[Comp.Sci.Dept, Utrecht] Note from archiver<at>cs.uu.nl: This page is part of a big collection of Usenet postings, archived here for your convenience. For matters concerning the content of this page, please contact its author(s); use the source, if all else fails. For matters concerning the archive as a whole, please refer to the archive description or contact the archiver.

Subject: Lars' Dreaming FAQ

This article was archived around: 24 May 2006 04:22:35 GMT

All FAQs in Directory: dreams-faq
All FAQs posted in: alt.dreams, alt.dreams.lucid, alt.out-of-body
Source: Usenet Version

Archive-name: dreams-faq/general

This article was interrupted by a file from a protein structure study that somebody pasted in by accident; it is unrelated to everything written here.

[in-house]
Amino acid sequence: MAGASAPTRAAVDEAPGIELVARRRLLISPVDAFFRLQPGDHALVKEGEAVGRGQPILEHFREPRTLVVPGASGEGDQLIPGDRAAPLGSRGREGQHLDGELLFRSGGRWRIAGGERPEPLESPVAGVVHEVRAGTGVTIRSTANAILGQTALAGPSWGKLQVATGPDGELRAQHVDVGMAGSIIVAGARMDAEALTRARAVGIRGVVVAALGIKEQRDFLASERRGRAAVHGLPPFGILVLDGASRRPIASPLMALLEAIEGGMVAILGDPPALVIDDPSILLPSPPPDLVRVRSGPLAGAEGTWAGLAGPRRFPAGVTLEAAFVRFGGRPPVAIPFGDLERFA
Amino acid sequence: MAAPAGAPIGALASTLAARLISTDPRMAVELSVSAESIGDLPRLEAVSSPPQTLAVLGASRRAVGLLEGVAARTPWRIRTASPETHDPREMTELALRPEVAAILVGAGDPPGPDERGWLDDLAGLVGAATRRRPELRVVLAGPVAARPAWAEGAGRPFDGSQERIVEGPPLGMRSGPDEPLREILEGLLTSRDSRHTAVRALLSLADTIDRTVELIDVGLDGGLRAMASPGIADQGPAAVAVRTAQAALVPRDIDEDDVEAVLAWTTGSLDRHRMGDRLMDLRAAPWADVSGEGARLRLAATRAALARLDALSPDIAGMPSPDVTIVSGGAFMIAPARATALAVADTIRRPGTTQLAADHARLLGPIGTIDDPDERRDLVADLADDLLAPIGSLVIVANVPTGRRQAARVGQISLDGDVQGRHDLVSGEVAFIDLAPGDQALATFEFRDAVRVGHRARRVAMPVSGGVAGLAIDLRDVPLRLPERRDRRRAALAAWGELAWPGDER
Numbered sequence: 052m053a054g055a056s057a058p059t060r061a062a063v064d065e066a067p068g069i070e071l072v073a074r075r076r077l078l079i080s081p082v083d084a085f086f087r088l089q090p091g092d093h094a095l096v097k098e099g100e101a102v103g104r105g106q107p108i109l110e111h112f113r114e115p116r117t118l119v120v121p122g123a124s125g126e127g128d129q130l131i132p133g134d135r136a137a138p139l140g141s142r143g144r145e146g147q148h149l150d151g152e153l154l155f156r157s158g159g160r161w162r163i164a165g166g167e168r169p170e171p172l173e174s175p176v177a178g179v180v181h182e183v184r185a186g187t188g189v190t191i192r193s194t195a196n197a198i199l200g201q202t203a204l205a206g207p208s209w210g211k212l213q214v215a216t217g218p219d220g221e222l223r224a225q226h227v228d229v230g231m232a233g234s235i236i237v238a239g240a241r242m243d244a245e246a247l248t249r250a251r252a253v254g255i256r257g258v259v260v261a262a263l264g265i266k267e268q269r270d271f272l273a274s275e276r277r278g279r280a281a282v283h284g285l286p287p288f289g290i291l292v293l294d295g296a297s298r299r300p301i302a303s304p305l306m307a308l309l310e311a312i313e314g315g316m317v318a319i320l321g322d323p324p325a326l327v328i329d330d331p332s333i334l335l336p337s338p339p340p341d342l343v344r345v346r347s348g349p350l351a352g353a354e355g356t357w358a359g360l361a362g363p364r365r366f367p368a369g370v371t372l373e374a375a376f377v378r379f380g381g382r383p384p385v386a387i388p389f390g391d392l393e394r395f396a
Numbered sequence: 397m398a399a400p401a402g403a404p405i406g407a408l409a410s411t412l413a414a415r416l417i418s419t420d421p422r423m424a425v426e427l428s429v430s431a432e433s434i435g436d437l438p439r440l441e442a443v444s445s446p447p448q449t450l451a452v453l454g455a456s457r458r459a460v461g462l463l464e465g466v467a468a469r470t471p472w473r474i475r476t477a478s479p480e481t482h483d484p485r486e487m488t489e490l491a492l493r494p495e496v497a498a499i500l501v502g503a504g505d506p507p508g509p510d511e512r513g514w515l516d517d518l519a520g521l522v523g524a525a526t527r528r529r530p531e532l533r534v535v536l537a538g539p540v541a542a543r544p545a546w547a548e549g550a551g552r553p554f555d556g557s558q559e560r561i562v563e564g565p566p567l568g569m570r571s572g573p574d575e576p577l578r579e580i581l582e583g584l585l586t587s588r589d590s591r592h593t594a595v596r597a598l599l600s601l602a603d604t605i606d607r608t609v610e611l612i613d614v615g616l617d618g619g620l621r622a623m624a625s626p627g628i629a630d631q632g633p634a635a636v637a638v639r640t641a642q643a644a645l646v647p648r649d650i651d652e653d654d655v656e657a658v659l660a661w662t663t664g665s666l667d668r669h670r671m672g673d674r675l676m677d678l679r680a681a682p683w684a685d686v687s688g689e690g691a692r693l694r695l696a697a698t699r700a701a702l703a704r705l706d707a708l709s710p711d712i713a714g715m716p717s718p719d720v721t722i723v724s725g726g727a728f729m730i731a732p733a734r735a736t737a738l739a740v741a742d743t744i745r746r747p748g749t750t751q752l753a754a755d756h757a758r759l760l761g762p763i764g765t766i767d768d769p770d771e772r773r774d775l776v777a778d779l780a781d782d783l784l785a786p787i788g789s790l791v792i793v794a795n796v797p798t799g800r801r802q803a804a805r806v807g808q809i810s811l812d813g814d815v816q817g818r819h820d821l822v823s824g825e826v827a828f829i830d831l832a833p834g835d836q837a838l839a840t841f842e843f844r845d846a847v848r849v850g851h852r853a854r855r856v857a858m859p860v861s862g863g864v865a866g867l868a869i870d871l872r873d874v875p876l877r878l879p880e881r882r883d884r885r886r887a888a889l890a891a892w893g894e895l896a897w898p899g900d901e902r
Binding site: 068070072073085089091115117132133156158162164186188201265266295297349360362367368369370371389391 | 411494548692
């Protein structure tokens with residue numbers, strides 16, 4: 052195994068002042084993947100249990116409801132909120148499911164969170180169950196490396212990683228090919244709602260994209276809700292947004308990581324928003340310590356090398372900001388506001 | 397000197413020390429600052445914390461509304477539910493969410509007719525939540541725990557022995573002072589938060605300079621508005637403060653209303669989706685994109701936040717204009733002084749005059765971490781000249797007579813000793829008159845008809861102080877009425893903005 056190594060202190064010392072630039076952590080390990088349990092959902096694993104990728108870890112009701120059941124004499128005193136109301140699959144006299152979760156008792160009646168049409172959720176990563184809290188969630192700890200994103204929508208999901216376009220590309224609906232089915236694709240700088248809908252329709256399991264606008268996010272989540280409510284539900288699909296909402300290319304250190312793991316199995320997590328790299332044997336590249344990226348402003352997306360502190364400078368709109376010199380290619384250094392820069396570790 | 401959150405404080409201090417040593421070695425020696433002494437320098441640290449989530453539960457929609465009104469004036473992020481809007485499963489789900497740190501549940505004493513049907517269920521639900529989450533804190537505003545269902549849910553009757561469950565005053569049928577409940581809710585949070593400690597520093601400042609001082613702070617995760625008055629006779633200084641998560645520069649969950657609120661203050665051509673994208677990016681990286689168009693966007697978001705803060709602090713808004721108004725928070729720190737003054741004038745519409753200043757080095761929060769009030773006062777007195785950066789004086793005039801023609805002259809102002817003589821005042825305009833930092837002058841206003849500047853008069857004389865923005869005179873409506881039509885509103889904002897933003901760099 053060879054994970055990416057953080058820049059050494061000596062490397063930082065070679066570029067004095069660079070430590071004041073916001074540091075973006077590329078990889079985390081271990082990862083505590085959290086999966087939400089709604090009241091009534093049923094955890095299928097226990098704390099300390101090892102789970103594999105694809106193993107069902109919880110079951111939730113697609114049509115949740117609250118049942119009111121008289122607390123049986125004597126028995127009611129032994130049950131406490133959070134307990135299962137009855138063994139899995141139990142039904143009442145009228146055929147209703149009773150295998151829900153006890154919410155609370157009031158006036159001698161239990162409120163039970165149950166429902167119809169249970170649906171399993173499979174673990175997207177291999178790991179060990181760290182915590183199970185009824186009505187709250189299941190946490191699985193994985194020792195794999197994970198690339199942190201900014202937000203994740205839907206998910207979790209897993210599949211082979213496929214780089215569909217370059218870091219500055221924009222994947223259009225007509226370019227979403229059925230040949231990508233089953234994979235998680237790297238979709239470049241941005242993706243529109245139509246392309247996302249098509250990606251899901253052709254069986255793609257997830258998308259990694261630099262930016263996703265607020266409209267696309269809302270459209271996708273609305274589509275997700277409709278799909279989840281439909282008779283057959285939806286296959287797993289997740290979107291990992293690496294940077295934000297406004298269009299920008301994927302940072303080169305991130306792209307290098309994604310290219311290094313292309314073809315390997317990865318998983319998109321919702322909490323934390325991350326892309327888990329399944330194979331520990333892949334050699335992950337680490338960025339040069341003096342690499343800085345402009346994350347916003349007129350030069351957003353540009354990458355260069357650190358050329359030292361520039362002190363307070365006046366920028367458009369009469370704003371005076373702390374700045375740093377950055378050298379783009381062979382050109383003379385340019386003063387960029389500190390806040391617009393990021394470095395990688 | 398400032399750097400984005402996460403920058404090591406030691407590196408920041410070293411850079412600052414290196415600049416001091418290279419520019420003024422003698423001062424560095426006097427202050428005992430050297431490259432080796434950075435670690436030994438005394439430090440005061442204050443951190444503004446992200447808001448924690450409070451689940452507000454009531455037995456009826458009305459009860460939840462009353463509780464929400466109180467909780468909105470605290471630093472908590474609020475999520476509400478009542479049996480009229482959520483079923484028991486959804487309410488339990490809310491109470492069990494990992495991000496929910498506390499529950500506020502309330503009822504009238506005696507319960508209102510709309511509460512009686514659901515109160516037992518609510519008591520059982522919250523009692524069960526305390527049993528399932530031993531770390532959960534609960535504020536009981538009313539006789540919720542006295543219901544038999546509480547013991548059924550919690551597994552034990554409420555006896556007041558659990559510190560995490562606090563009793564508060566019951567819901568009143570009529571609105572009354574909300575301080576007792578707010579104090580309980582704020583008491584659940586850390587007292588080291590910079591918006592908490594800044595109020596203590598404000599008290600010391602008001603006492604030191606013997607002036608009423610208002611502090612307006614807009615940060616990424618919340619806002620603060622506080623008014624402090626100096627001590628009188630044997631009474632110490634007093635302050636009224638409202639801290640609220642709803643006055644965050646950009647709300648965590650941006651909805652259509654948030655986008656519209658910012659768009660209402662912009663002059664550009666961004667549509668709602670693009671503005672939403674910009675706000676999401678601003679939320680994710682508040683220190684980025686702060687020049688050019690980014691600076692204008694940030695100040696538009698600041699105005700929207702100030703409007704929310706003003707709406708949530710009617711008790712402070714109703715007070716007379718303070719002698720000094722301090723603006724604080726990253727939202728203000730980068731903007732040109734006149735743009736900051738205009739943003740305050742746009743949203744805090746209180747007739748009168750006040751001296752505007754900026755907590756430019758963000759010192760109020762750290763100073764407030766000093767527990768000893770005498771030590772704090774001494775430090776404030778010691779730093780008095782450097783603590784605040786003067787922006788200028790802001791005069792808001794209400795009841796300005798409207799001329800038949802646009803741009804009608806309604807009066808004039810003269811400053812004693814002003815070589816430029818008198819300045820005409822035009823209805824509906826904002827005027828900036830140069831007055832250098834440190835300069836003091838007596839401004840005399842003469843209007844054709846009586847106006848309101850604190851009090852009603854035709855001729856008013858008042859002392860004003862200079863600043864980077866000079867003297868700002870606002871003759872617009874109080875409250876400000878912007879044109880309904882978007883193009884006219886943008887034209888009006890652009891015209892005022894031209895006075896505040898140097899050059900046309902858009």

Dreaming FAQ Table of Contents: 1. General 1.1. Does everybody dream? 1.2. Why do we dream? 1.3. How can I increase my dream recall? 1.4. How do external stimuli affect my dreams? 1.5. Do substances like drugs, herbs and foods affect our dreams? 1.6. Is it possible to control your dreams? 1.7. Is sleep deprivation dangerous? 2. Dream interpretation and symbols 2.1. Can you interpret this dream for me? 2.2. What does this [symbol] mean? 2.3. Is this [dream scene] common? 2.4. Is there anything special about recurring dreams? 3. Sleep paralysis, walking and talking, night terrors, narcolepsy and nightmares 3.1. What causes sleep paralysis? 3.2. Information about sleep walking 3.3. Information about sleep talking 3.4. What are night terrors? 3.5. What is narcolepsy? 3.6. What causes nightmares? 4. Paranormal issues 4.1. Can dreams predict the future? 4.2. Is it possible to share dreams? 4.3. Can I view distant locations from my dreams? -------------------------------------------------------------------------------- 1. General 1.1. Does everybody dream? Yes. All humans (and mammals) have REM (Rapid Eye Movement) sleep. The most vivid dreaming occurs in REM-sleep. You start a new REM phase roughly every 90-minute throughout the whole night with increasing duration. But all this can change depending on what you eat, if you are on drugs, or if you have missed your REM sleep for some reason. People stopping with REM deprivation drugs will experience a REM rebound. So you dream a lot during the night, and most of your dreams are forgotten. If you don't pay attention to them and only sleep a few hours you most likely will not remember any dream at all. Dreaming in non-REM tends to be more thought-like. 1.2. Why do we dream? Dreaming is highly involved in learning and memory. If you have a bad experience, it will be digested in your dream. Most likely in a nightmare. Dreams are quite often a reflection of your day memory. The protein-synthesis is highly active during REM, so if you want to learn, then staying in REM is a good move. REM is also necessary to supply the cornea with oxygen. Delta sleep, associated with large, slow brain waves, is what most people call the deepest kind of sleep, when you are hardest to awaken. It is necessary for the brain/body to rest and heal. A good balance between delta sleep and REM is important for learning. Growth hormones are also produced during delta sleep. 1.3. How can I increase my dream recall? Some people remember every dream they have; others can't remember any dream. But with the right techniques and enough practice virtually everyone can remember their dreams. The first step is paying attention to your dreams. Think about them. Write them down. Talk about them. Discuss them. Your best recall is when you wake up. So you should write them down or record them with a tape recorder right after you wake up. But spend some time recalling as many dreams and details you can before you start writing them down. Alarm clocks are dream-killers, so stop using them if you want to retain dreams. If you wake up naturally will you most likely wake up from REM sleep. So you should get to bed early so that you don't have to use an alarm clock. You can still set the alarm clock, but make sure you have gotten to bed so early that you wake up before the alarm clock goes off. Sleeping longer will also make you dream more. You will almost literally have continual REM sleep after 8-9 hours. If you sleep 9 hours are you almost bound to remember at least one dream. Waking up several times during the night may increase dream recall and possibly induce Lucid Dreams (see my Lucid Dreaming FAQ). Since dreaming has a lot to do with learning and memory should you try new activities and learn new things. This will increase dreaming and thereby dream recall. Drugs, food and herbs may also affect your dream recall. And as usual the power of suggestion is extremely powerful, so you should state, aloud if you want, your intention to recall your dreams. Here is also where hypnosis may enter the picture. Listening to hypnotic tapes may help a lot. 1.4. How do external stimuli affect my dreams? Your senses never rest. Whatever input you get from hearing, vision, smell, touch or taste may be incorporated into your dream. You may have dreamed that your alarm clock is ringing in your dream, while it is really ringing in the physical world too. This is how lucid dreaming devices work. They give your signals as light or sounds that you have to train yourself to recognize. But it can go the other way around too. While dreaming lucidly you can command yourself to talk while dreaming. This way you can record your dream while it is occurring. Having a tape recorder that turns it self on when you speak comes in handy. You can also train yourself to move your eyes in a certain pattern. 1.5. Do substances like drugs, herbs and foods affect our dreams? Yes. During REM protein-synthesis is highly active, so your body needs high levels of amino acids. The neurotransmitter in use during REM is Acetylcholine. It is made from the B-vitamin Choline and the vitamin B-5. But there are more vitamins that can make us dream more. The body can synthesis the B-vitamin Choline. But in order to do that it needs vitamin B-12, Folic acid (B-9), the amino acids Methionine and Serine. Vitamins B-12 plays a role in the activation of amino acids during protein formation. It has also the ability to increase the production of Acetylcholine and normalize neurotransmissions in the brain. Vitamin B-6 is another important vitamin. It is a co-enzyme, which participates in over 60 enzymatic reactions involved in the metabolism of amino acids. It is involved in the production of several body proteins and neurotransmitters. It is particularly indispensable to the action of amino acid neurotransmitters, like Serotonin, Dopamine, Melatonin, and Norepinephrine, which effect brain function. It is also involved in the metabolism of Selenium, Calcium, and Magnesium. Melatonin is a neurotransmitter/hormone that is only active during sleep. It is being metabolized when you fall asleep from Serotonin, a neurotransmitter that is being metabolized from the amino acid Tryptophan. Melatonin increases non-REM sleep and makes it easier for you to fall asleep. But it has also an interesting rebound effect that gives more frequent and vivid dreams. The vividness might even give you a lucid dream. The amino acid Tryptophan can be metabolized into Serotonin and Niacin (B-3). Vitamin B-6 promotes this conversion. Taking Niacin or Nicotine patches will increase the Serotonin production. The more Niacin you take, the more Serotonin is produced and more Melatonin is metabolized. Calcium and Magnesium promotes Serotonin production as well. Zinc is in every cell of the body and is a part of over 200 enzymes, so Zinc supplements may increase REM-sleep, too. DMAE (Dimethylaminoethanol) is a very important B-vitamin. It flows easily through the brain's blood barrier, where it is converted into Choline. During REM, Choline is added the coenzyme A (Vitamin B-5), and we have Acetylcholine, the neurotransmitter in use during REM. 5-HTP (5-Hydroxy-TryptoPhan) is a Serotonin precursor that also flows quite easy through the brain's blood barrier. It is a good alternative to Melatonin. Vitamin C helps metabolizing several amino acids and hormones. It is also important to have adequate levels of amino acids. A few important ones are Phenylalanine, Tyrosine, Methionine, Cysteine, Serine and Tryptophan. Using Tobacco, Alcohol or Coffee prohibits the absorption of necessary vitamins and amino acids. Depressants suppress REM sleep, one is Alcohol, but taken in right doses can create a rebound effect so that you wake up remembering many vivid dreams. And anti-depressants may increase dream recall. Caffeine will make you sleep lighter, will increase your dream recall and maybe even give you a lucid dream. Herbs like Valerian, Mugwort, Mullein, Kava Kava, Dittany of Crete, St. Johns Wort, Calea Zacatechichi, Salvia Divinorum, Scutellaria Indica, Licorice Root, Vervain, Jasmine, Honeysuckle, Datura, Bee Pollen, Catnip, Hops, Scullcap, Mimosa, Lavender, Damiana, Withania Somnifera, Passionflower, Chamomile, Cardamom, Gotu Kola, Ginkgo Biloba, Ibogaine, Verbena, Rose, Cinnamon, Marigold, Nutmeg, Peppermint, Holly, Yarrow and Anise may help you dream more, recall more or even have a Lucid Dream. Make sure you know more about these herbs before you use them: some are to be used in pillows, some are to be smoked, some are to be used in tea, etc. And finally we have psychedelic drugs like DXM that may induce Lucid Dreams. Some of the drugs and herbs can be addictive, and be poisonous if taken in too large doses. Crystals and Magnets may also affect your dreams. 1.6. Is it possible to control your dreams? Yes. If you are aware that you are dreaming can you develop full conscious control over the dream. These are referred to as lucid dreams and it is one of the most exciting part about dreaming. But more on this will be discussed on the Lucid Dreaming FAQ. Have you tried Virtual Reality? Well, VR is a flop compared to Lucid Dreaming. Things can't get more virtually real than in a lucid dream. You may use all your senses in a lucid dream, yes, even your psychic senses! 1.7. Is sleep deprivation dangerous? Yes. REM deprivation: Increased frequency of occurrence, duration and intensity of REM. Increase in seizure threshold, and progressive rise in heart rate. Increased activity, food motivation and sexual behavior. No major emotional problems. Delta sleep-deprivation: Prolonged sleep deprivation (+48 hours) results in severe mental disturbance, attention deficit, withdrawing, visual complaints, hallucinations and time distortion. After 5 days you may even end up in a mental institution. 2. Dream interpretation and symbols 2.1. Can you interpret this dream for me? As shown by Dream researcher Jon Tolaas, day-memory is often incorporated into the dream. Many times negative, ambivalent or neutral events are incorporated. It is difficult to answer why mostly negative events are incorporated, it may be that the negative events make stronger impressions on us. Or that not many positive events occur during the day. It may be that the brain is working on these negative events so that it may handle it better next time. The most qualified person to interpret your dream is yourself, you know all the details from the dream, you remember what you did the previous day and you know what your problems are. But dream interpretation isn't always that easy. If you fail to interpret your dream, it is nice to know that there are many people on the internet that you can turn to. A good place to start is posting your dream to alt.dreams. But sit down and think about your dream before doing so, try to find the meaning and try to think about what you have done the last few days. Keep in mind that the language of dreams are metaphors. Sharing dreams with others are a great way of paying attention to your dreams. Writing them down, reading those of others and discussing them will increase your dream recall. Be sure to include factors from your life that might be relevant to your dream. This may help on the interpretation. 2.2. What does this [symbol] mean? Symbols are one way of interpreting dreams. Researchers have tried to find, for each common dream occurrence, a psychological situation that matches the dream in some way and link it as a cause. A well-known example of this approach is Freud's interpretation. Asking for symbols allows for (sometimes too easy) interpretation of dreams by given rules. But this is a questionably approach. Dream interpretation using a catalog of symbols doesn't take into account individual differences between dreamers. You can imagine this flaw by taking into account that the cultural background is an important point that should not be neglected. Freud's theories, that give high importance to hidden signs of sexual desires, are based on a society that has suppressed sexuality. And so on. In a more global context, asking for special symbols is of dubious value. Nonetheless, in a certain given context, these symbols can have a valuable meaning. 2.3. Is this [dream scene] common? Probably so, one way of finding that out is posting your dream to alt.dreams. You might also stick around and see if other people post similar dreams. Or you might check the archive at www.dejanews.com and maybe do a search on a few keywords from your dream. 2.4. Is there anything special about recurring dreams? Yes. If you have recurring patterns or themes in your dreams, they deserve special attention. They indicate thoughts that occupy the dreamer a lot, consciously or unconsciously. You should try to compare the context of your dream with your current life situation or problems. It is very likely your subconscious that is trying to tell you something. You should try to figure out what the dream means and make some changes to your life. 3. Sleep paralysis, walking and talking, night terrors, narcolepsy and nightmares 3.1. What causes sleep paralysis? Your body is paralyzed during REM, your body can't even stand (This is why sleep walking happen in other stages of sleep). Sometimes does the body fails to turn on your muscles immediately after REM. Normally this condition lasts only a few seconds, but sometimes can it go on for minutes, which causes a very scary feeling. But just remain calm, it will pass. And it is not at all dangerous. You should also know that sleep paralysis is great for leaving your body. Again, leaving your body is not dangerous either. 3.2. Information about sleep walking The body is paralyzed during REM, so sleep walking occurs in other stages of sleep. It is quite common among children, and can be quite confusing if you find yourself in other places than your bed when you wake up. People have even managed to lock themselves outside their own house. You can dream in other stages than REM, but these dreams are much less vivid. 3.3. Information about sleep talking Your whole body is normally paralyzed during REM. Your senses remain active, and sometimes it happens that you partly act out your dream. So you may talk while sleeping if your muscles aren't fully paralyzed. We know that we can dream in non-REM sleep, maybe not as vivid, but enough to talk. Most sleep talking occurs in non-REM. In a Lucid Dream can you also command yourself to talk while dreaming. 3.4. What are night terrors? Night terrors are nightmare-like attacks that occur during non-REM sleep which often involve movement and screaming. Those experiencing them usually have no dream recall or recollection of the experience. Young children, about 2% of them, mostly experience this. It occurs usually within two hours after going to bed. A good way of relieving these experiences is finding out when these terrors occur, and then set the alarm clock to 15 minutes before the terrors start. Do this the rest of the night, for seven days. In most cases does the terrors stop. If they start again, then do the program once more. 3.5. What is narcolepsy? Narcolepsy is a chronic sleep disorder with no known cause. Its onset can occur at any time throughout life, but its peek onset is during the teen years. The main characteristic of narcolepsy is excessive and overwhelming daytime sleepiness, even after adequate nighttime sleep. A person with narcolepsy is likely to become drowsy or to fall asleep, often at inappropriate times and places. Daytime sleep attacks may occur with or without warning and may be irresistible. They may also experience periods of catalepsy, temporary decrease or loss of muscle control, especially when getting excited. Hypnagogic hallucinations, vivid, often frightening, dream-like experiences, occur while falling asleep or waking up. Sleep paralysis, temporary inability to talk or move when falling asleep or waking up. It may last a few seconds to minutes. In addition, nighttime sleep may be fragmented with frequent awakenings. Daytime sleepiness, sleep paralysis, and hypnagogic hallucinations can also occur in people who do not have narcolepsy. If sufficiently troublesome can be reduced significantly in some people with Tricyclic antidepressants (eg. Imipramine), which suppress REM sleep. 3.6. What causes nightmares? Nightmares are often a product of our fears. You will tend not to have nightmares if you rid yourself of fears. So find out what your fears are, and try to conquer them. Nightmares, however, can also be an early symptom that a disease is developing or that an attack is about to occur. If you are afraid of dying, then you should know that a lot suggest that you have a life after death, and whenever you want can you return to the physical world. This is called reincarnation. Just study Ian Stevenson's work if you want scientific evidence. If you have other fears, like spiders, there are a few effective things you can do about them. We have virtual reality, but since we are dealing with dreaming here anyway, it is better to bring up Lucid Dreaming. Whenever you have a nightmare you should try to visualize a different ending on the dream. By doing this you may experience that it is a dream and we all know that dreams aren't dangerous. When lucidity is gained, you can confront whatever is scaring you. Once that is done can you continue exploring the wonderful world of Lucid Dreaming. 4. Paranormal issues 4.1. Can dreams predict the future? Yes. This is done all the time. I guess you have experienced a deja-vu. Most children do. Some people have these experiences as adults too, and some have even gained control over this ability. It is possible to travel in time from a Lucid Dream. But this will be discussed in the Lucid Dreaming FAQ. These experiences that predict the future have been labeled Precognitive dreams. Spontaneous Precognitive dreams happen all over the world and are being frequently reported. But not many controlled scientific experiments have been done on this phenomenon, but those that I am aware of prove them to be real. Two experiments done by Maimonides Hospital in Brooklyn, New York gave significant results. The testperson was the psychic Malcom Bessent, and the project was lead by Montague Ullman. Bessent slept in the laboratory for 8 nights, were he tried to dream about an unknown event that should take place each morning after he woke up. It was a hit 5 out of those 8 nights. Chance for this being a coincidence is 18:100 000 (p.=.00018). The second experiment tried more to avoid possible explanations like telepathy and clairvoyance. The experiment lasted 16 nights, where 8 of them were precognitive nights and 8 of them were normal nights. What happen the morning after the precognitive night was decided by random numbers. On this experiment was there also 5 hits out of 8 nights. Those wanting to study the details can go over the reports: Krippner, S., Ullman, M., and Honorton, C. A precognitive dream study with a single subject. Journal of the American Society for Psychical Research, 65:192-203,1971. Krippner, S., Honorton, C., and Ullman, M. A second precognitive dream study with Malcolm Bessent. Journal of the American Society for Psychical Research, 66:269-279,1972. Ullman, M., and Krippner, S., with Alan Vaughan. Dream Telepathy. New Yourk: Macmillan, 1973. Here are other reports on the subject of precognitive dreams: Sondow, N. The decline of precognized events with the passage of time: Evidence from spontaneous dreams. Journal of the American Society for Psychical Research, 1988, vol. 82, 33-51. Stowell, M. S. Precognitive Dreams: A phenomenological study. Part I: Methodology and sample cases. Journal of the American Society for Psychical Research, 1997, vol. 91, 163-220. Stowell, M. S. Precognitive Dreams: A phenomenological study. Part II: Discussion. Journal of the American Society for Psychical Research, 1997, vol. 91, 255-304. Stevenson, I. A review and analysis of paranormal experiences connected with the sinking of the Titanic. Journal of the American Society for Psychical Research, 1960, 54, 153-171. Stevenson, I. Seven more paranormal experiences associated with the sinking of the Titanic. Journal of the American Society for Psychical Research, 1965, 59, 211-225. Stevenson, I. Precognition of disasters. Journal of the American Society for Psychical Research, 1970, 64, 187-210. Van de Castle, R. L. Sleep and Dreams. In: B. B. Wolman (Ed.), Handbook of Parapsychology. New York & London: Van Nostrand Reinhold Company, 1977, pp. 473-489. Barker, J. C. Premonitions of the Aberfan disaster. Journal of the American society for Psychical Research, 1967, 44, 169-181. Journal of the American Society for Psychical Research (JASPR) is available by subscription from the American Society for Psychical Research, 5 West 73rd St New York, NY 10023 http://www.aspr.com Other books with evidence on the precognitive phenomenon is The Conscious Universe from http://www.psiresearch.org and a book by the name Margins of Reality. If you want to have precognitive dreams, you should check out my Lucid Dreaming FAQ. And if you suspect that you have had a precognitive dream, you should write it down for later verification. 4.2. Is it possible to share dreams? Yes. Dreams can be shared and people may even have conversations with others with 100% accuracy. This is an interesting concept, and again you should be lucid in order to make conscious contact with others in your dream. Many people experience similar dreams with friends or relatives. This is not uncommon either. Shared dreaming is also called mutual dreaming. Telepathy is an area that has been done more research on. The same laboratory that experimented with precognitive dreams, have also experimented with dreamtelepathy. They have done 13 various experiments with dreamtelepathy, 9 of those gave statistical significant results. Here are some references to some reports and books: Ullman, M., Krippner, S. Dream Studies and telepathy. Parapsychological Monographs No. 12. New Youk: Parapsychological Foundation, 1970. Ullman, M., and Krippner, S. with Alan Vaughan: Dream Telepathy. New York: Macmillian Publishing Company, Inc., 1973. Krippner, S. Dreams and other altered conscious states. Journal of Communication, 25(1): 173-182, Winter 1975. Tolaas, J. and Ullman, M. Extrasensory communication and dreams. I: B. Wolman (ed.) Handbook of Dreams. New York: Van Nostrand Reinhold, 1979, pp. 168-202. Van De Castle, R. Sleep and dreams. I: B. Wolman, (ed.) Handbook of Dreams. New York: Van Nostrand Reinhold, 1977, pp. 473-499. Krippner, S., Honorton, Ch., and Ullman, M. A longdistance "sensory bombardment" study of ESP in dreams. Journal of the American Society for Psychical Research, 65:468-475, 1971. Krippner, S., Honorton, Ch., and Ullman, M. A long-distance ESP dream study with Malcolm Bessent. Journal of the American Society of Psychosomatic Dentistry and Medicine, 20:9-17, 1973. Kogna, I. M. The informational aspect of telepathy. Paper presented in absentia, at UCLA symposium, A New Look at ESP, 1969. Mitchell, E. An ESP test from Apollo 14. Journal of Parapsychology. 35: 89-107, 1971. Hall, C. Experimente zur telepathischen Beeinflussung von Träumen. Zeitschrift für Parapsychologie und Grenzgebiete der Psychologie, 10:18-47, 1967. Ross, C. Telepathy and dreams: An attempt at replication. Princeton, New Jersey: Princeton University, 1972 (Mimeo). Norquiest, J. P. A multidimensional space model for extrasensory transmission of mental concepts. Unpublished Master's thesis in psychology. Sacramento: California State University, 1977. Other books with evidence on telepathy is The Conscious Universe and Margins of Reality. If you want to learn how you can share a dream, you should check out my Lucid Dreaming FAQ. If you suspect having had a shared dream, then write it down for later comparing of notes. 4.3. Can I view distant locations from my dreams? Yes. This is mostly called Clairvoyance, Remote Viewing, Out of Body Experience or Astral Projection. It is a good way of exploring the Universe, there are no limits to distance, destination or speed. You can leave your body from a Lucid Dream or on the onset of sleep. How to leave your body from a dream will be discussed in my Lucid Dreaming FAQ. And you might also check out my Out of Body Experiences FAQ for more info on this. SRI Experiments: 1973-1988. In 1988 Edwin May and his colleagues analyzed all psi experiments conducted at SRI from 1973 until that time. The analysis was based on 154 experiments, consisting of more than 26,000 separate trials, conducted over those sixteen years. Of those, just over a thousand trials were laboratory remote-viewing tests. The statistical results of this analysis indicated odds against chance of 10^20 to one (that is, more than a billion billion to one). So chance is not a viable explanation. Some references: Dean Radin. Ph.D. The Conscious Universe: The scientific truth of psychic phenomena. 91-109, 1997. Robert G. Jahn and Brenda J. Dunne. Margins of Reality: The Role of Consciousness in the Physical World. 149-191, 1987. If you suspect that you have seen a distant location, then write it down when you wake up for later verification. Good Luck. Credit: Thanks to Jon Tolaas, people at alt.dreams, alt.out-of-body and various mailing lists. Disclaimer: I'm not responsible for any action you may take after reading this FAQ. Last update: February 1999 Copyright © Lars Rune Foleide (larsrune@sf.telia.no) -1999